Is there more to the two crazy lighthouse keepers?
“The Lighthouse”, says the columnist in streaming NICK IN ALL, is about as independent as it gets when it comes to filmmaking, but its success lies in the fact that people can get as little or as much out of it as they want.
QUIET having washed up on the shores of Netflix this month, âThe Lighthouse,â an alluring black-and-white tale of two lighthouse keepers, both named Thomas, stranded on an island off the coast of New England.
The film is a curious, intense and at times disgusting descent into utter madness, off the beaten track of mainstream film, which makes its addition to the world’s most popular streaming platform a surprise.
But his odd sensibility seemed to have captured the audience’s intrigue and in turn Netflix’s attention.
The only cast members of this surreal experience include Willem Dafoe, an angry “Captain Arabesque” lighthouse keeper who commands a shady young employee played by Robert Pattinson.
Both actors have put on some of the most impressive performances of their careers, especially Dafoe in his deliverance from crazy folk monologues as the situation on the island crumbles.
It is also shot entirely in an eerie black and white, giving the experience an eerie feeling of existing in a sort of limbo.
âThe Lighthouseâ is about as independent as it is when it comes to filmmaking, but its success lies in the fact that people can get as little or as much out of it as they want.
For some, it may just be the story of two men going mad on an island together.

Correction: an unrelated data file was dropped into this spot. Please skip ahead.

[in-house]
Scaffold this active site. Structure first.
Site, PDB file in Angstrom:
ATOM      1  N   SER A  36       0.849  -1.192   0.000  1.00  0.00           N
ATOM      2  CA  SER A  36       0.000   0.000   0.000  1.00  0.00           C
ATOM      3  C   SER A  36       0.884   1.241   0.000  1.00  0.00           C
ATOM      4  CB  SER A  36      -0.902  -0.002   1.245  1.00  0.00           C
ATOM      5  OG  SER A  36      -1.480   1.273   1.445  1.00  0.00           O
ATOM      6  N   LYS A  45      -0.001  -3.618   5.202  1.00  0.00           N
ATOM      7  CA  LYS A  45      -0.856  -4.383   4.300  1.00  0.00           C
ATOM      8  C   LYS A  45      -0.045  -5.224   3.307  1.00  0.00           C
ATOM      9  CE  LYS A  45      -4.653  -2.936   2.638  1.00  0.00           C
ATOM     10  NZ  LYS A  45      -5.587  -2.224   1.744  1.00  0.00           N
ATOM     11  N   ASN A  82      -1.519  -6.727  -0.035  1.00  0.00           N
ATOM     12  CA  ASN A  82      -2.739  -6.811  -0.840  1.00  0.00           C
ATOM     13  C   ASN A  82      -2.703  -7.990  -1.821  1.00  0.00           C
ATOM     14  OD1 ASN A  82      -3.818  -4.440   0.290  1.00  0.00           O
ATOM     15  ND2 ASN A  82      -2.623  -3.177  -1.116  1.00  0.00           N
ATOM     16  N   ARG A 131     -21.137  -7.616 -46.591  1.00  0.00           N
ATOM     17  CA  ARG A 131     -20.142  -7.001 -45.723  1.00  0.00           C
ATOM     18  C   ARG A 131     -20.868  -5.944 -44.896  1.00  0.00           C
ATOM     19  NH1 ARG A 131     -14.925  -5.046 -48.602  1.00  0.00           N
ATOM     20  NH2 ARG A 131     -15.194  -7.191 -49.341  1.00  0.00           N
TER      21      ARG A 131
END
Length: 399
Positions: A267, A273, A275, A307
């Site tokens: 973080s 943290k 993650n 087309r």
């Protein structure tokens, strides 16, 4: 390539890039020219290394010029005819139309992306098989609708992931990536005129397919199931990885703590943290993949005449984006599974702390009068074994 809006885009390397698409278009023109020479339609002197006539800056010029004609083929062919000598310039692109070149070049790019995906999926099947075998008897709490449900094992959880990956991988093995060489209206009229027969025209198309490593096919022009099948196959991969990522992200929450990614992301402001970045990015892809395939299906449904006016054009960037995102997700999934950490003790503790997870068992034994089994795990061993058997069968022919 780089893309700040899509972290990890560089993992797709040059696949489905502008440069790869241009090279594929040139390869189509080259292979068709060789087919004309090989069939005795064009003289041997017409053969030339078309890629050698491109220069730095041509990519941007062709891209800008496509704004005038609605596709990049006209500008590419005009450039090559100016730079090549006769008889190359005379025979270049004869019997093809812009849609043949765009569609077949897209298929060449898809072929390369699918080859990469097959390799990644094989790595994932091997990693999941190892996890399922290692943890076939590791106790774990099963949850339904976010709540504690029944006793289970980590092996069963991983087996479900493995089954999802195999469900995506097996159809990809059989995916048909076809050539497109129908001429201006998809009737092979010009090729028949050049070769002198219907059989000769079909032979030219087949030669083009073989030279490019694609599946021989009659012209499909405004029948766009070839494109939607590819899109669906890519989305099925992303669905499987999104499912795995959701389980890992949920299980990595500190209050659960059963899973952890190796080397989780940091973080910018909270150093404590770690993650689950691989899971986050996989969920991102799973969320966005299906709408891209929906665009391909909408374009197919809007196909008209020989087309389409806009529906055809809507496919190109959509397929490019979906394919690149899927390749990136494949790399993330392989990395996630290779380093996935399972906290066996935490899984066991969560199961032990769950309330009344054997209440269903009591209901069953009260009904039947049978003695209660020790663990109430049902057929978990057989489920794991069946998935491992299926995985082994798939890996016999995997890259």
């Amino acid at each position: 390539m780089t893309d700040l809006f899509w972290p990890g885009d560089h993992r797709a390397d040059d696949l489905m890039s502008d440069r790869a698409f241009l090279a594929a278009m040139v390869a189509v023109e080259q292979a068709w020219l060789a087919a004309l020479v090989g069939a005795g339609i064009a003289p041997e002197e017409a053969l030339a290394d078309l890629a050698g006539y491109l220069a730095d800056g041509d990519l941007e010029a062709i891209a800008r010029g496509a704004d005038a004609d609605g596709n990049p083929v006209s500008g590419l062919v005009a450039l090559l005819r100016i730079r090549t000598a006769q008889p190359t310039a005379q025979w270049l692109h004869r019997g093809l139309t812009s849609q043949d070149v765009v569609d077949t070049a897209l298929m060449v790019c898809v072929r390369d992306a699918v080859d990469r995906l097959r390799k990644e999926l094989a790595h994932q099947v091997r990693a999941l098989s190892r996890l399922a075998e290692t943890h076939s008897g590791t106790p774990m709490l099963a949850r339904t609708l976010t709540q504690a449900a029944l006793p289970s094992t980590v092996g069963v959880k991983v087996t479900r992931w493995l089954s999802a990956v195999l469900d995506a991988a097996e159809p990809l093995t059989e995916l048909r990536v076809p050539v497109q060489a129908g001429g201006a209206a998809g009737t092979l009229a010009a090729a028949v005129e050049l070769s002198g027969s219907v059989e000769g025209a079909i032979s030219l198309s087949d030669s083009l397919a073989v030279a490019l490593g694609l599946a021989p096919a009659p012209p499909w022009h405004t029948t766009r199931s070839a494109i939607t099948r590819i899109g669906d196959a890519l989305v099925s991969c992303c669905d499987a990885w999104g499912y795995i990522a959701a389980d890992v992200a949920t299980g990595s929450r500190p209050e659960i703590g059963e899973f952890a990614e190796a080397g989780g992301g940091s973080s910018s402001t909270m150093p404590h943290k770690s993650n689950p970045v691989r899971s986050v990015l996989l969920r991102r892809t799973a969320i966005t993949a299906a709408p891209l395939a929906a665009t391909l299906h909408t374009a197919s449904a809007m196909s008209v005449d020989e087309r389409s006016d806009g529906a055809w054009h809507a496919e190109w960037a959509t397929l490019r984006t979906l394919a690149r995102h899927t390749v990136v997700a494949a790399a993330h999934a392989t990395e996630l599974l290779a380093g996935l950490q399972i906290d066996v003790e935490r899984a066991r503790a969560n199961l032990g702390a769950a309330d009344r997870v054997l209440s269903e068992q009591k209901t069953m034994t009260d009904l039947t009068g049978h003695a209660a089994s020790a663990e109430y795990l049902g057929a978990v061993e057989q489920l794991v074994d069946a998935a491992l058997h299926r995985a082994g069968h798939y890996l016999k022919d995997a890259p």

Others may spot the heavy mythological influence or view it as a deep psychological dive.
Indeed, the influences of the story are as wide as an ocean, including that of Edgar Allan Poe’s last unfinished story and an actual mystery about three lighthouse keepers who went missing in 1900.
Many will love it and many will hate it, but either way, it’s almost guaranteed that willing viewers will never have seen anything like “The Lighthouse” before and it’s thanks to Netflix for launching something so disconcertingly unique in the mix.
This is just the start of what’s hot in the streaming world right now.
Closer to reality, Binge pushes the third season of “American Crime Story”, a dramatization of the affair between former US President Bill Clinton and White House intern Monica Lewinsky.
This is another anthology show, meaning each season has covered a different topic and can be watched on its own if viewers are only interested in a certain story.
Season one investigated the OJ Simpson murder case, season two examined the assassination of Gianni Versace, and now season three anchors the perspective to that of the multiple women involved in the Clinton political scandal, which led upon his dismissal.
On Apple TV Plus this month, they’re sending âGame of Thronesâ to space with their epic âFoundationâ series.
It’s not literally a galactic “Game of Thrones” spin-off, although at this time of revamping popular things, I almost wouldn’t be surprised if it was, but it certainly is another attempt. to fill the void left by the fantastic phenomenon after its end two years ago.
“Foundation” is inspired by classic science fiction writer Isaac Asimov, adapting his series of books about a group of exiles who must fight an interplanetary empire after a genius prophet predicts the future destruction of the galaxy.
This is top notch real estate for Apple to spend money on bombastic CGIs to get more viewers to the platform, but it also promises some food for thought.
“Foundation” delves into some heavy sociological and scientific concepts found in the work of one of the 20th century’s most recognized science fiction writers.
Issac Asimov’s fame was more tied to his other popular story, “Me, Robot,” which got a very lax adaptation in 2004 with the film starring Will Smith (on Disney Plus).
This movie is, of course, a shameless setup for Smith to spin CGI bots with a few cheesy one-liners and has always been doomed to endless repetitions on commercial television.
But after mental health crises on a cursed island, dismissals of world leaders and galaxy-wide apocalypses, sometimes that’s all you need.
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Ian Meikle, editor